Solza Castle probably dates back to the 10th or 11th century. Here was born the famous condottiere Bartolomeo Colleoni. According to tradition, when Bartolomeo Colleoni left Solza Castle, he was between 14 and 15 years old: little more than a boy, even for those times. No-one could have predicted then that he was destined to become one of the most famous condottieri of the fifteenth century.
Today the same castle appears rather insignificant with its modest fourteenth century plan, but it is still worth visiting the small village of Solza, near the river Adda, and use it as starting point for making a historical tour of the castles dotted over the Bergamo plain. Two great powers, the Duchy of Milan and the Republic of Venice, were long-term rivals in this border country.References:
Goryōkaku (五稜郭) (literally, 'five-point fort') is a star fort in the Japanese city of Hakodate on the island of Hokkaido. The fortress was completed in 1866. It was the main fortress of the short-lived Republic of Ezo.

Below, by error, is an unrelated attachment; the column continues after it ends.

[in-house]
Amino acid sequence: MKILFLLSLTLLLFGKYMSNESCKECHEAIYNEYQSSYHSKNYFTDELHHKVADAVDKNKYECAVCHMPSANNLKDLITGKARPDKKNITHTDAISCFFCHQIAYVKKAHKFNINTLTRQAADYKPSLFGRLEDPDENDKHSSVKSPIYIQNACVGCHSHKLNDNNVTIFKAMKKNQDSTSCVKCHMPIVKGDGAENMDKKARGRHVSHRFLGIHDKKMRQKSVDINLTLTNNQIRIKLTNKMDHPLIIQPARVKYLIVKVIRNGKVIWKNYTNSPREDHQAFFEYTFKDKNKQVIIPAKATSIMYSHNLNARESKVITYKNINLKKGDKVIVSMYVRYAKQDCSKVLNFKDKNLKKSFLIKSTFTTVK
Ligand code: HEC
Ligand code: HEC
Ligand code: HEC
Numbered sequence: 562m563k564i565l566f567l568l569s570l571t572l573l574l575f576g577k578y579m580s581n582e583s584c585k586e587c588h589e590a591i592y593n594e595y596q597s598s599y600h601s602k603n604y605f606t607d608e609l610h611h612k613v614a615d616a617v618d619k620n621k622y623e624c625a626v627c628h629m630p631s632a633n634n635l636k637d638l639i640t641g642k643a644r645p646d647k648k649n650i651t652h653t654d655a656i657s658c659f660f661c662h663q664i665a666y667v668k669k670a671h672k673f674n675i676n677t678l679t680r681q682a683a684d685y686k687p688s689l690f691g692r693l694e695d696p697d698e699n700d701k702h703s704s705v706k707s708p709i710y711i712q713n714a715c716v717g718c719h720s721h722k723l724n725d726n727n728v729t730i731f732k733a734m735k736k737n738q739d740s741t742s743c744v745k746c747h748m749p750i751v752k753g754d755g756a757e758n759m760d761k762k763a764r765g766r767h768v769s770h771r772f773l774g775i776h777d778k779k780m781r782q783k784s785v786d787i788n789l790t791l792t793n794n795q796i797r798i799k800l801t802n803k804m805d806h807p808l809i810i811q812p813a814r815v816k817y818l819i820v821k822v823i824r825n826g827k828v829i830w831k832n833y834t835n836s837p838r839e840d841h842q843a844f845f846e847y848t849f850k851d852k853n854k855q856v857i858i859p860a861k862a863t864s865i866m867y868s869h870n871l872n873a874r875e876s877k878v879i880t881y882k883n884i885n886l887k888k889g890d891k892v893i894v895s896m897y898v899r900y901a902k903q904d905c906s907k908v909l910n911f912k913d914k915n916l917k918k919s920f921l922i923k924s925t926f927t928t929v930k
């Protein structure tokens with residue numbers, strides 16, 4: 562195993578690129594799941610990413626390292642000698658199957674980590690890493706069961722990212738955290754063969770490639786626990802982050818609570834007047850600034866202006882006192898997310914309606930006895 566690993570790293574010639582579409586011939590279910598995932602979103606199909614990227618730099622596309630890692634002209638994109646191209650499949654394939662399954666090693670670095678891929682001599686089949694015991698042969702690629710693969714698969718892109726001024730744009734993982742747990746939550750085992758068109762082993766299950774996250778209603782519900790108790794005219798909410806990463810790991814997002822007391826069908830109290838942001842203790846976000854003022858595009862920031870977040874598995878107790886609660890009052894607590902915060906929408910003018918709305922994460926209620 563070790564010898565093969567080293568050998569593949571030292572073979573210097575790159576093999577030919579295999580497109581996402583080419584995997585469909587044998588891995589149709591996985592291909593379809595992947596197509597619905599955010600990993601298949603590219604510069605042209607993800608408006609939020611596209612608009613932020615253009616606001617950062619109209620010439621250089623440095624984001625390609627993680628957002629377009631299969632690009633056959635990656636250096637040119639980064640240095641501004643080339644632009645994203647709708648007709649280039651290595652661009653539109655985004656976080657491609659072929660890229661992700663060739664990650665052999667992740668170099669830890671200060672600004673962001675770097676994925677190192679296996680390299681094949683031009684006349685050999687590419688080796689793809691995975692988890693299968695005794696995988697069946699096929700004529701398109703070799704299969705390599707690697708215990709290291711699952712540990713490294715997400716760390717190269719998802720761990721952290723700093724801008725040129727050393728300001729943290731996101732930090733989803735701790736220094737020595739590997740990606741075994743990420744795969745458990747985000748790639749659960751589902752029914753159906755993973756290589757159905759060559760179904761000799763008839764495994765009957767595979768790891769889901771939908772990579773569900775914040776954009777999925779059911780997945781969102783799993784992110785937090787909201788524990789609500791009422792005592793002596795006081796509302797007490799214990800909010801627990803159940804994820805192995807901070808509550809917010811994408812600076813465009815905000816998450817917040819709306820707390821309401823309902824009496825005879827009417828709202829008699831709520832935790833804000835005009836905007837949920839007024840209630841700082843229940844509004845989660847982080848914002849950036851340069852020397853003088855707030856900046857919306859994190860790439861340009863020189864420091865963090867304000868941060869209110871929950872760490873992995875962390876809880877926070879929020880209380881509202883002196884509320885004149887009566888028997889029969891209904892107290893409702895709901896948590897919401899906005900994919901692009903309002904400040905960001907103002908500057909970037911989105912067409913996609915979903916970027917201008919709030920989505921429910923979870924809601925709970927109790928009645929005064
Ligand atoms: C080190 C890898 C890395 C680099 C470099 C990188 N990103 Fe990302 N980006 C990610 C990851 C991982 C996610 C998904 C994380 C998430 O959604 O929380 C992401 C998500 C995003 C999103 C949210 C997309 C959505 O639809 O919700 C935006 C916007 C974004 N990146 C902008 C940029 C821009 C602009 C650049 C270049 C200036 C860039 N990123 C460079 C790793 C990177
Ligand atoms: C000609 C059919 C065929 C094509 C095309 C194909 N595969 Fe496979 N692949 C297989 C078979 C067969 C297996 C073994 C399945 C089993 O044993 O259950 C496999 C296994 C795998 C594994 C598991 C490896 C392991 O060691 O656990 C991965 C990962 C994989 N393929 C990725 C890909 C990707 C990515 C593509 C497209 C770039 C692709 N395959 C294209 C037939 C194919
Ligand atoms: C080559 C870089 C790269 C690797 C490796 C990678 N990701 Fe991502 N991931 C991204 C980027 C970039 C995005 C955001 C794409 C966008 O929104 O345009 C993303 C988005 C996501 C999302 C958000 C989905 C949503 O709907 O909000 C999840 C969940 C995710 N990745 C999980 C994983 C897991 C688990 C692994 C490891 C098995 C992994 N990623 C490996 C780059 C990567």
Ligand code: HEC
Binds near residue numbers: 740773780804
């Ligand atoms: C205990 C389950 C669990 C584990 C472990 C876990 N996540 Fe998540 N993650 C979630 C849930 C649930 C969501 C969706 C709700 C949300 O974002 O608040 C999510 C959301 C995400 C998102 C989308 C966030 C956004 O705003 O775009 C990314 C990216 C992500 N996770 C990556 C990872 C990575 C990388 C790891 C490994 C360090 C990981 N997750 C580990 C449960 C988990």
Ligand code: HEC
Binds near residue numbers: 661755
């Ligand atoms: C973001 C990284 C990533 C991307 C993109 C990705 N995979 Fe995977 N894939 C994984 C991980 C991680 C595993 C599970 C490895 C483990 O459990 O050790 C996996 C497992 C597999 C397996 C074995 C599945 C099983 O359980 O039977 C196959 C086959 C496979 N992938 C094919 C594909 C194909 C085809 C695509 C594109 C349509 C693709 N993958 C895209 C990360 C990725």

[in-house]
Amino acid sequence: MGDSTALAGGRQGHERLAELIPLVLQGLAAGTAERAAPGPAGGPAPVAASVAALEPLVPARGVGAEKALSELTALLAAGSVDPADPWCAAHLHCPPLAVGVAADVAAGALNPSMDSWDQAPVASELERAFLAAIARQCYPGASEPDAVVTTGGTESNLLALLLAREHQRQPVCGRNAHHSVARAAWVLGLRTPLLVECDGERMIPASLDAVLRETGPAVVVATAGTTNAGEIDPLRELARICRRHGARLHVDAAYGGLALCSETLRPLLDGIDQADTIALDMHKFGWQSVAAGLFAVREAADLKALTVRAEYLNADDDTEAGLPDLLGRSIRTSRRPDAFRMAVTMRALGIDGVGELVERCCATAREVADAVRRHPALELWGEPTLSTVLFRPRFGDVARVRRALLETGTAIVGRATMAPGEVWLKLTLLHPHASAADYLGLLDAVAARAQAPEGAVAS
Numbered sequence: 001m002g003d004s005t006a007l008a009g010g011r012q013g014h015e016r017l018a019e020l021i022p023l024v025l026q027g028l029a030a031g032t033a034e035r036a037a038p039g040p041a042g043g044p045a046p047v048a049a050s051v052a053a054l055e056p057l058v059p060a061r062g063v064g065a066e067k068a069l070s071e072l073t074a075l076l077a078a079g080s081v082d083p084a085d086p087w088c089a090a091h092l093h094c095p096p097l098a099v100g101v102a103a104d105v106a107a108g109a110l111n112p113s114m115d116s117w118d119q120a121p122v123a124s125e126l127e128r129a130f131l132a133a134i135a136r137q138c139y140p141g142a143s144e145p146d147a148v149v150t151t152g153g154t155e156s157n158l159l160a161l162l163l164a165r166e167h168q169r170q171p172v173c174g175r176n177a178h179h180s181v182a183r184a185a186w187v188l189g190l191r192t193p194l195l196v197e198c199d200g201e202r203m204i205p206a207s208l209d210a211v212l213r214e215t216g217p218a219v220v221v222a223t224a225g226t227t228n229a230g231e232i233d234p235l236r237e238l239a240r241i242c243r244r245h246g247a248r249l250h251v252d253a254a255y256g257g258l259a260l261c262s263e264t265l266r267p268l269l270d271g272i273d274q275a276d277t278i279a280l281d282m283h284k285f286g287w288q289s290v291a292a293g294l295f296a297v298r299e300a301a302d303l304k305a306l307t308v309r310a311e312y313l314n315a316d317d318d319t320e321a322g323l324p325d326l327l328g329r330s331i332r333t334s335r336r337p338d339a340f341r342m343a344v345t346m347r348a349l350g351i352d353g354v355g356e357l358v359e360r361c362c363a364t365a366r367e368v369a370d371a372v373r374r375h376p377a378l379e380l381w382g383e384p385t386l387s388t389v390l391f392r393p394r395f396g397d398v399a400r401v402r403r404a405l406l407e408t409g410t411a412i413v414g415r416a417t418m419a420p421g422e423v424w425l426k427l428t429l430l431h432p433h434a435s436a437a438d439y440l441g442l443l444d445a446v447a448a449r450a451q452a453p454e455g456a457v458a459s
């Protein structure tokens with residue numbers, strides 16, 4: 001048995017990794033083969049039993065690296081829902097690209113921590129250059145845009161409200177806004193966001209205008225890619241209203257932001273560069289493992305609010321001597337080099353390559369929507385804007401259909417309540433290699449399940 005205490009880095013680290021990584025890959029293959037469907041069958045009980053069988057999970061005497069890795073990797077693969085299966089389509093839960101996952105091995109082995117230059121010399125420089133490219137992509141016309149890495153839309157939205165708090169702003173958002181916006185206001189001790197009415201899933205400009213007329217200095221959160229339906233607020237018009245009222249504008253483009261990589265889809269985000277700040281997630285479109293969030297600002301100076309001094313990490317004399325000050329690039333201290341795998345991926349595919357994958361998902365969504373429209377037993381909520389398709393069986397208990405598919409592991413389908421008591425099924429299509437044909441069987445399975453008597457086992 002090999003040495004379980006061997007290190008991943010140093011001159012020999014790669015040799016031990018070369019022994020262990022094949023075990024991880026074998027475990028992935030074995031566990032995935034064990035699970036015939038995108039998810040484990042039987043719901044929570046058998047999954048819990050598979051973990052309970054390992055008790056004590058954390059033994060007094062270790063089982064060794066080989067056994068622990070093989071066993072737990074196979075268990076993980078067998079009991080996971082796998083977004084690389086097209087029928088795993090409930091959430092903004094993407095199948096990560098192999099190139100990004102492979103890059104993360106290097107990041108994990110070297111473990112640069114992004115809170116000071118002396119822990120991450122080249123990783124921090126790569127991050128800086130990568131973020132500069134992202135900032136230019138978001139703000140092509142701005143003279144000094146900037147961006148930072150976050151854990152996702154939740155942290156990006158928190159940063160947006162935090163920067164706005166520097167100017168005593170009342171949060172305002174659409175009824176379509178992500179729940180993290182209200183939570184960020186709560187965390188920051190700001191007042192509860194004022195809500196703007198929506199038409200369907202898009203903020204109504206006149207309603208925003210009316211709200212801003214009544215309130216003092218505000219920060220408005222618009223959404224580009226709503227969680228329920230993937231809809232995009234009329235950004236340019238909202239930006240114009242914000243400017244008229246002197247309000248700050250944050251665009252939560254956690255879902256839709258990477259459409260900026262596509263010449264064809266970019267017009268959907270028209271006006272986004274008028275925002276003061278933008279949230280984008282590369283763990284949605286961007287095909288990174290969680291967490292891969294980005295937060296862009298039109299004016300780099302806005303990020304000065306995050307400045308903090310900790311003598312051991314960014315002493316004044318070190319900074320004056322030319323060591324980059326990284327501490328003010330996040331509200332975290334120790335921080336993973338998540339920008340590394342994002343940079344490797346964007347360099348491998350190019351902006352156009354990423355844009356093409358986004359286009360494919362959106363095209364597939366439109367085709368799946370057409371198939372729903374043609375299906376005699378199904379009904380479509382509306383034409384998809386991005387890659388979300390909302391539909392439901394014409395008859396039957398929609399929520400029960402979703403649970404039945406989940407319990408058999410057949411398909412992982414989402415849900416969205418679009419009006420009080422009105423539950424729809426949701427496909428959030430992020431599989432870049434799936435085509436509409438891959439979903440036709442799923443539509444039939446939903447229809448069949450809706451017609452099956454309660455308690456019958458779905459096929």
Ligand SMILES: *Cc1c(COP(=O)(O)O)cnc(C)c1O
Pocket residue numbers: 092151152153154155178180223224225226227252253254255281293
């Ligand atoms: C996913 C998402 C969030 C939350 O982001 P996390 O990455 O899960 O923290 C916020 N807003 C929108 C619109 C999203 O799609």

Goryōkaku was designed in 1855 by Takeda Ayasaburō and Jules Brunet. Their plans was based on the work of the French architect Vauban. The fortress was completed in 1866, two years before the collapse of the Tokugawa Shogunate. It is shaped like a five-pointed star. This allowed for greater numbers of gun emplacements on its walls than a traditional Japanese fortress, and reduced the number of blind spots where a cannon could not fire.
The fort was built by the Tokugawa shogunate to protect the Tsugaru Strait against a possible invasion by the Meiji government.
Goryōkaku is famous as the site of the last battle of the Boshin War.